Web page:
I have been asked to write a brief foreword to this volume honoring Hisako Ikeda, providing a review of the accomplishments in our field over the past four decades, when Hisako was an active participant. This I am delighted to do. It has been a most exciting time in vision research and Hisako has been right in the middle of much of the excitement, publishing on a wide variety of topics and providing much new data and many new insights. Hisako's research career can be divided by decades into four quite distinct areas of inquiry. In the 1950s, as a student in Japan, her research interests were psychophysical in nature, and she was concerned with visual illusions, figural aftereffects, and motion detec tion. In the 1960s, after her move to London, she began electrophysiological studies. Much of her work in the 1960s was concerned with the electroretinogram (ERG), its components, and the use of this electrical response for evaluating spectral sensitivities of the eye and retinal degenerations. This work represented the beginning of her electrodiagnostic clinical work, which continued until her retirement.Of course, we could try out a number of possible neural wiring diagrams to see if they give the right result, but this implies that the wiring diagram must have some unique specification. Gurney and Wright (1992) chose to assume, instead, thatanbsp;...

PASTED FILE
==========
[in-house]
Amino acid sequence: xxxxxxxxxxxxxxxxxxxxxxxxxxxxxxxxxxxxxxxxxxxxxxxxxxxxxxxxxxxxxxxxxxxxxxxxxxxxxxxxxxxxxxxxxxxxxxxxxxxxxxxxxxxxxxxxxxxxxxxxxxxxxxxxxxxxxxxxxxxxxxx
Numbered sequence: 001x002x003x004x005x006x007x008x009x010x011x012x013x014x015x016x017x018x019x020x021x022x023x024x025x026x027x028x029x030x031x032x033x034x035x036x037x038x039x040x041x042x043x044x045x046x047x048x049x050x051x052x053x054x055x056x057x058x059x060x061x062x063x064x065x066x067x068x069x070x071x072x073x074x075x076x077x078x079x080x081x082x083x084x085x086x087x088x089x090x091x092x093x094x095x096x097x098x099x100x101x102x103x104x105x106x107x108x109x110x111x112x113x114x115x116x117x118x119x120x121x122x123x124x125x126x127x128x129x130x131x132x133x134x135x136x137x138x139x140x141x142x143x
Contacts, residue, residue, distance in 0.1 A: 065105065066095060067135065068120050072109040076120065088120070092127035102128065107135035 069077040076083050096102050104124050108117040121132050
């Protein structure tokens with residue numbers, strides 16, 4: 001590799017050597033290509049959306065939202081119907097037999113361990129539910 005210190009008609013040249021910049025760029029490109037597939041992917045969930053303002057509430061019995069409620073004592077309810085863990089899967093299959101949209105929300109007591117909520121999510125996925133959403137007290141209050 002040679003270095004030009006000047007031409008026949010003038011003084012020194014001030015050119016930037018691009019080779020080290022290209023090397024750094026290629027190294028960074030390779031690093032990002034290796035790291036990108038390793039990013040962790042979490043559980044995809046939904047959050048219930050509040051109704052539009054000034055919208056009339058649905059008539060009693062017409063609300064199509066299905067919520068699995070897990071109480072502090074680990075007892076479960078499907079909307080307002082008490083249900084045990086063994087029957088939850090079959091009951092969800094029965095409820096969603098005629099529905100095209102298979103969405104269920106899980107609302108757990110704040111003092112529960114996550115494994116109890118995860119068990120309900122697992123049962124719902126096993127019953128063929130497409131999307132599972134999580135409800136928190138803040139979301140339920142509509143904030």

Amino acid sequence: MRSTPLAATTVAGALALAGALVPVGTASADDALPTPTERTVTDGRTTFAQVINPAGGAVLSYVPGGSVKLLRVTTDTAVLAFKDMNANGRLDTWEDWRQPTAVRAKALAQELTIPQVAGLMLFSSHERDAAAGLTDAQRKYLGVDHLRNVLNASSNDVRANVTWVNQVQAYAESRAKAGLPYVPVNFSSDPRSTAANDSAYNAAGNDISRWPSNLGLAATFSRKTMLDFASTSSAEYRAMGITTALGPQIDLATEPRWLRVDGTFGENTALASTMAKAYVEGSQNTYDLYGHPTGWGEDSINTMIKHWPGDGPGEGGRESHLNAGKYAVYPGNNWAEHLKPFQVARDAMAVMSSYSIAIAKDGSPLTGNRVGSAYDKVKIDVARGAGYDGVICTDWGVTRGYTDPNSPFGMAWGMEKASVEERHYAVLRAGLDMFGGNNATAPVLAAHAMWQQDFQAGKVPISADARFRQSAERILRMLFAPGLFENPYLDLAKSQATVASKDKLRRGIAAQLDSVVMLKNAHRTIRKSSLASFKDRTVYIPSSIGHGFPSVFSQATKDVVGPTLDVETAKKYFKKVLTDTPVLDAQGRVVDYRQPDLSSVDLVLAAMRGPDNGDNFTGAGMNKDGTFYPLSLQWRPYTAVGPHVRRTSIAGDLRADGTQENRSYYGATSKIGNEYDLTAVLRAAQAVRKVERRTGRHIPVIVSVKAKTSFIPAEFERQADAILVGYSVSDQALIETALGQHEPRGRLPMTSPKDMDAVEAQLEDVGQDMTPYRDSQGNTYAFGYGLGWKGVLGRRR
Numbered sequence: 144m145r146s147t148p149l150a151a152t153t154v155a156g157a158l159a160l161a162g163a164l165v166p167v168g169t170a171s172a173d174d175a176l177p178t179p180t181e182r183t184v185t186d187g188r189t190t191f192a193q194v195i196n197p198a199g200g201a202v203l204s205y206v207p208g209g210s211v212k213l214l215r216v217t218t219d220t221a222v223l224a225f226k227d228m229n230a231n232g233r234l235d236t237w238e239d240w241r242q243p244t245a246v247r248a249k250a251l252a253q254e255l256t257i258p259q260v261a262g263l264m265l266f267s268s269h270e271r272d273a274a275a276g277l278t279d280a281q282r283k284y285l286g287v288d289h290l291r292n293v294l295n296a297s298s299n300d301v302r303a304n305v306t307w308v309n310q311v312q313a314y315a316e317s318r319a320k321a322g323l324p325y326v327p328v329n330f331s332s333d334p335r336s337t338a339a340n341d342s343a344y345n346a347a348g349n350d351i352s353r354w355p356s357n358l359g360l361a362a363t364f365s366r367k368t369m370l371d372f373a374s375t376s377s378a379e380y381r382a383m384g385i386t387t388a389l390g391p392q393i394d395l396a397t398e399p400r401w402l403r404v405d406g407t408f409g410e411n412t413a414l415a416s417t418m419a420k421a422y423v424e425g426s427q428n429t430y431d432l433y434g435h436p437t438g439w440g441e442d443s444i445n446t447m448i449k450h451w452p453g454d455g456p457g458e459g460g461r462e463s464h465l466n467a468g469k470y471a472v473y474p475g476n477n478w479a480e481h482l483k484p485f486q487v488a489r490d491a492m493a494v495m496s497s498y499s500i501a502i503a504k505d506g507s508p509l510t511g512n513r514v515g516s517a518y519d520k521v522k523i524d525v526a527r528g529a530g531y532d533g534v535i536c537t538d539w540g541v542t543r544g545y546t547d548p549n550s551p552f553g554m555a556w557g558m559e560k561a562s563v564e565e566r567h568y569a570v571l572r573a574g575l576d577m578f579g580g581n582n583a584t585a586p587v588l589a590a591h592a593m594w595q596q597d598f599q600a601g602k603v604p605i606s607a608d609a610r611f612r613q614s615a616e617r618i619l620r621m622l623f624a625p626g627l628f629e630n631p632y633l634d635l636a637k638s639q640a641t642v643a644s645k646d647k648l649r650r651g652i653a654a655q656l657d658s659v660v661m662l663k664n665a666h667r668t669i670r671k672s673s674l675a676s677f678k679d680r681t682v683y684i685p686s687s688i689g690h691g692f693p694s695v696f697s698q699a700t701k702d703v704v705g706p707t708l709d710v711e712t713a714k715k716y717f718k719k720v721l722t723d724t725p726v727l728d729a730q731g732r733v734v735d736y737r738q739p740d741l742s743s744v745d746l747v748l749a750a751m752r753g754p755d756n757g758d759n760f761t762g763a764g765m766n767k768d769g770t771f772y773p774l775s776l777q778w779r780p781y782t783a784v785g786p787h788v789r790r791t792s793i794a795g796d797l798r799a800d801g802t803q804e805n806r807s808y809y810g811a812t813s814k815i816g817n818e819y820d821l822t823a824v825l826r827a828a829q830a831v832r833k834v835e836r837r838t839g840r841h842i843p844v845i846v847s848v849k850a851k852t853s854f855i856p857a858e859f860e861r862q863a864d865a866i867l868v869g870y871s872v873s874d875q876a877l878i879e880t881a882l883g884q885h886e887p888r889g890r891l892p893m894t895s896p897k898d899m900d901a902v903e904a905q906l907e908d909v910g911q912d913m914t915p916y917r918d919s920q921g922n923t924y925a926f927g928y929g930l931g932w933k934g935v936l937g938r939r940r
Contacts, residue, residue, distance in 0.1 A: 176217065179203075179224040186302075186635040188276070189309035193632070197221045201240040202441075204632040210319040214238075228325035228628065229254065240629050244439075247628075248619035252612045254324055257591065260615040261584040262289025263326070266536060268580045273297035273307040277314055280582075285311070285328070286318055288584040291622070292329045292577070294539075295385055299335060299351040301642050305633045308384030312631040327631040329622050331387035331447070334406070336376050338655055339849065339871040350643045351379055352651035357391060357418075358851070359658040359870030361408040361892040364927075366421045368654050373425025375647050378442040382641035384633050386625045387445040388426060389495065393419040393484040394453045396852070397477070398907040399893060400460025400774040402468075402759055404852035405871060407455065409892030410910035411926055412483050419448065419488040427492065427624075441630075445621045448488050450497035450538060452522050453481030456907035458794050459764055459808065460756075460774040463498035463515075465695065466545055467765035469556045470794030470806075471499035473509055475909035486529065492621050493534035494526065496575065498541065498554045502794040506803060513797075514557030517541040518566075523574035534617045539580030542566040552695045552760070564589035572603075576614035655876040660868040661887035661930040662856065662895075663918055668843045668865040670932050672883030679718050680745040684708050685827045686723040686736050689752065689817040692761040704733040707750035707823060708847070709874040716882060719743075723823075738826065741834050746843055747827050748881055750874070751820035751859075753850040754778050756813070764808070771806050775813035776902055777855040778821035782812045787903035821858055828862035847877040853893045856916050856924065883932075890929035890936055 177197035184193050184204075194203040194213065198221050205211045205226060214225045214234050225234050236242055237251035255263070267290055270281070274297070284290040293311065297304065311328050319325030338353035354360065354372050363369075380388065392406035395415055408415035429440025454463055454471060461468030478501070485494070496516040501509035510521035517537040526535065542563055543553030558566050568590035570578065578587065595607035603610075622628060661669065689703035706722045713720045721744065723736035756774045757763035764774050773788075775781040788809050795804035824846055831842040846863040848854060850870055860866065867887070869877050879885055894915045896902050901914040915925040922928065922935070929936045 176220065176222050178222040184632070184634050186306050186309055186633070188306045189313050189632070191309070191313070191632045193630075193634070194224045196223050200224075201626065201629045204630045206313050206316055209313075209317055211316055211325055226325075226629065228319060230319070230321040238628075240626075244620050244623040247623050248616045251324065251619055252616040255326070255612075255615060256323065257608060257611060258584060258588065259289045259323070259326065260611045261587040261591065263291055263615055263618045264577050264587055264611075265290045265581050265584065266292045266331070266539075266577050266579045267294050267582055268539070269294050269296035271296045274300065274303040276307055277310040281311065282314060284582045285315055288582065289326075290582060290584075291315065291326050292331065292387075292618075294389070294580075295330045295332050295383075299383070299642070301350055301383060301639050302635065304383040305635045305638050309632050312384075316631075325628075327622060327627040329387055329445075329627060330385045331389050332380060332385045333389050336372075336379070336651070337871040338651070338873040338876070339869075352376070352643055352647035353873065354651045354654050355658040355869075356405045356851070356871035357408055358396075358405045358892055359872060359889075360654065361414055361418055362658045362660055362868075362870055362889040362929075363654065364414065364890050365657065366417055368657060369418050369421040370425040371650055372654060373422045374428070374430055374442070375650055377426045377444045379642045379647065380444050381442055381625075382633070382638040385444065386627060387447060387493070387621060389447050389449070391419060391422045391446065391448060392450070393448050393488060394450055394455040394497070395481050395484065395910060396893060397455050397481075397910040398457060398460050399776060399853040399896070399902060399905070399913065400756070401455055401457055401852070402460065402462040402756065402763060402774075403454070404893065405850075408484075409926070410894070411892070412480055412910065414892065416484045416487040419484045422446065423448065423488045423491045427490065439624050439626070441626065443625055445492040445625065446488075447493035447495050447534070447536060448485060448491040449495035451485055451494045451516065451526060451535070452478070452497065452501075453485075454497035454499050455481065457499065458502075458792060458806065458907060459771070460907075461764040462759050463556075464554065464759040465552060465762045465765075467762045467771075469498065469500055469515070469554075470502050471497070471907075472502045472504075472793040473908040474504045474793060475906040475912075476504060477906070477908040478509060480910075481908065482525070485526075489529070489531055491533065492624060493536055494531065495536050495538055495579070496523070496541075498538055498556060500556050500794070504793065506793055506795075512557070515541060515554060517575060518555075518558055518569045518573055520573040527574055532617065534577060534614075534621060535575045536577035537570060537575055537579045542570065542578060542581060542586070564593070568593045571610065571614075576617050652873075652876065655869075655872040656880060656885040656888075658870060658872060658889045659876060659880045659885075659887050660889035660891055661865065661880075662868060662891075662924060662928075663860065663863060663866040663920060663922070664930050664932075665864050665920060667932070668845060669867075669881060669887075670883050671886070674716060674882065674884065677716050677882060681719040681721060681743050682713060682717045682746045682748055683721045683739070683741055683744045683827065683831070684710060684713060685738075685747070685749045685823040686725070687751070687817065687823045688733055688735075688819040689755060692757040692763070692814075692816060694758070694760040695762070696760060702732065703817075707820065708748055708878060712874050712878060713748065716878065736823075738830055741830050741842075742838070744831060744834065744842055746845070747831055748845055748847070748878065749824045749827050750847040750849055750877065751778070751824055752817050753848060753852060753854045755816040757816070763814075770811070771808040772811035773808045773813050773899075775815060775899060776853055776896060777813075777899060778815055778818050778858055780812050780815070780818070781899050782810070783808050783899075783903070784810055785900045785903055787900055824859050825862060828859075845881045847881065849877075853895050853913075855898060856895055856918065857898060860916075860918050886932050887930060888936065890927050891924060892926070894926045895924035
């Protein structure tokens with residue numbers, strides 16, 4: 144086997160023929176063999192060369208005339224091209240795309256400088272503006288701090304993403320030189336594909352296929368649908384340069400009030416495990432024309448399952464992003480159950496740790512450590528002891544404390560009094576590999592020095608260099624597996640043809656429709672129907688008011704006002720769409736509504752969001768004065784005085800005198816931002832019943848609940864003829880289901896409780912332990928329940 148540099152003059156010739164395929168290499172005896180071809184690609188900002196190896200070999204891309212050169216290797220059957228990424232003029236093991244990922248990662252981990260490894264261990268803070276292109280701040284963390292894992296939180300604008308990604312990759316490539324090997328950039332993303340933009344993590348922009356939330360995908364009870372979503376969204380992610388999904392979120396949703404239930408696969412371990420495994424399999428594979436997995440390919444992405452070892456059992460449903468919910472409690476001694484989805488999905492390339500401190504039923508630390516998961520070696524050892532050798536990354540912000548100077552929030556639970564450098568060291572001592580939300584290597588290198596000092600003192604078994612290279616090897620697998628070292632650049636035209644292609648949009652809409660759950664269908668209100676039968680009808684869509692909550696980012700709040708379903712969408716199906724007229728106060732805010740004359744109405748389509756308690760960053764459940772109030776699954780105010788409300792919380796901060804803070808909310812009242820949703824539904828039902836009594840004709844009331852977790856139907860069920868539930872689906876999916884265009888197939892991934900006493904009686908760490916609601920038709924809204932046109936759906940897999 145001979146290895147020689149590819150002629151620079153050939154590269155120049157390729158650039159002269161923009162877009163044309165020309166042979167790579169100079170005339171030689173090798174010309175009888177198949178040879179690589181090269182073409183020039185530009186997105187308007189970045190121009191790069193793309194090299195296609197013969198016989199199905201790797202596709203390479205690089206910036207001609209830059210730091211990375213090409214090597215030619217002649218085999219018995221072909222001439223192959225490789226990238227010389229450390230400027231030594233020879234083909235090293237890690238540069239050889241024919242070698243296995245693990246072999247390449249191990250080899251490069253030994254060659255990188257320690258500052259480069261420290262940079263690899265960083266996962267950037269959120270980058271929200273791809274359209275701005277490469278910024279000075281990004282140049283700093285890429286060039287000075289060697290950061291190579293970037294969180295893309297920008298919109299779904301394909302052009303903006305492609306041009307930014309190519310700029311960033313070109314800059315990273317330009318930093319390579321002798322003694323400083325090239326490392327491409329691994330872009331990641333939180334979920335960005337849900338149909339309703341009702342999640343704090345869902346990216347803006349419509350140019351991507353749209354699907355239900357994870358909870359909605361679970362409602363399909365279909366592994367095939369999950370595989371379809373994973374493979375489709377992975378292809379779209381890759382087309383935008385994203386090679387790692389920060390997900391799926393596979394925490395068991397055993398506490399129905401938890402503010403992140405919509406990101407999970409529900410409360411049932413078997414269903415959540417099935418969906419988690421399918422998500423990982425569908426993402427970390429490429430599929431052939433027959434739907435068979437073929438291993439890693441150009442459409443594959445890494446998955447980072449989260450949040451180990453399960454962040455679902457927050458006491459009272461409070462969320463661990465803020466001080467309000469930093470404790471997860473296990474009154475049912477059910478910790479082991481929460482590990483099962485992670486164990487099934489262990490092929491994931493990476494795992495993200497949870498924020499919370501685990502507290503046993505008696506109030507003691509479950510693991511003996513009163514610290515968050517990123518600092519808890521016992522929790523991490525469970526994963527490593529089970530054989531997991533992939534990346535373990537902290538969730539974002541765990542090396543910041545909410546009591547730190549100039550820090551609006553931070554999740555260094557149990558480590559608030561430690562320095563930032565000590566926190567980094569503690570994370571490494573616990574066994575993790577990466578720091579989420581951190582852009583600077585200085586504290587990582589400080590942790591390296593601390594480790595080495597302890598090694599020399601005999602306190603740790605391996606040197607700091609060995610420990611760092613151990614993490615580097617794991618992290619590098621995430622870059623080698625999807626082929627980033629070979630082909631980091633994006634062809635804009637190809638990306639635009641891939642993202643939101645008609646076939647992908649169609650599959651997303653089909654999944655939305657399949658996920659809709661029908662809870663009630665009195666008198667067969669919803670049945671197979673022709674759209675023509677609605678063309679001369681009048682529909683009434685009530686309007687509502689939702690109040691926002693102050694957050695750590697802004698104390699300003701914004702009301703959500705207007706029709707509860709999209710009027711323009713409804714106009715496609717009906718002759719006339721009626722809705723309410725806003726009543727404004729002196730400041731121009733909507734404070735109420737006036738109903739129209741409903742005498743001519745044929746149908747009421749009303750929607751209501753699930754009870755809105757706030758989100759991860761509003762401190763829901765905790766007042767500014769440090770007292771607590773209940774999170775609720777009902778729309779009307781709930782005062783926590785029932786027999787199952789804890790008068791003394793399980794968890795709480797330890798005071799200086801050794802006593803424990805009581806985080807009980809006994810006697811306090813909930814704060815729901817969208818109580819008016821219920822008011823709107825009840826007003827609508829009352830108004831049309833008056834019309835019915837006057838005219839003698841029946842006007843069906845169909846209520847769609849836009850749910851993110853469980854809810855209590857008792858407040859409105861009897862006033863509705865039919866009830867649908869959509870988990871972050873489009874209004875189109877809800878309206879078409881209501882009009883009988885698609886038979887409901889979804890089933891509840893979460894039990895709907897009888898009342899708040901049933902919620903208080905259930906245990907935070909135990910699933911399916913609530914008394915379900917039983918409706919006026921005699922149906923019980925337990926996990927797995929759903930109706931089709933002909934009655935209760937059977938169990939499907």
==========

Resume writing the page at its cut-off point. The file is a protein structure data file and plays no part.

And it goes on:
|Title||:||Basic and Clinical Perspectives in Vision Research|
|Author||:||Hisako Ikeda, Jon G. Robbins|
|Publisher||:||Springer Science & Business Media - 1996-02-29|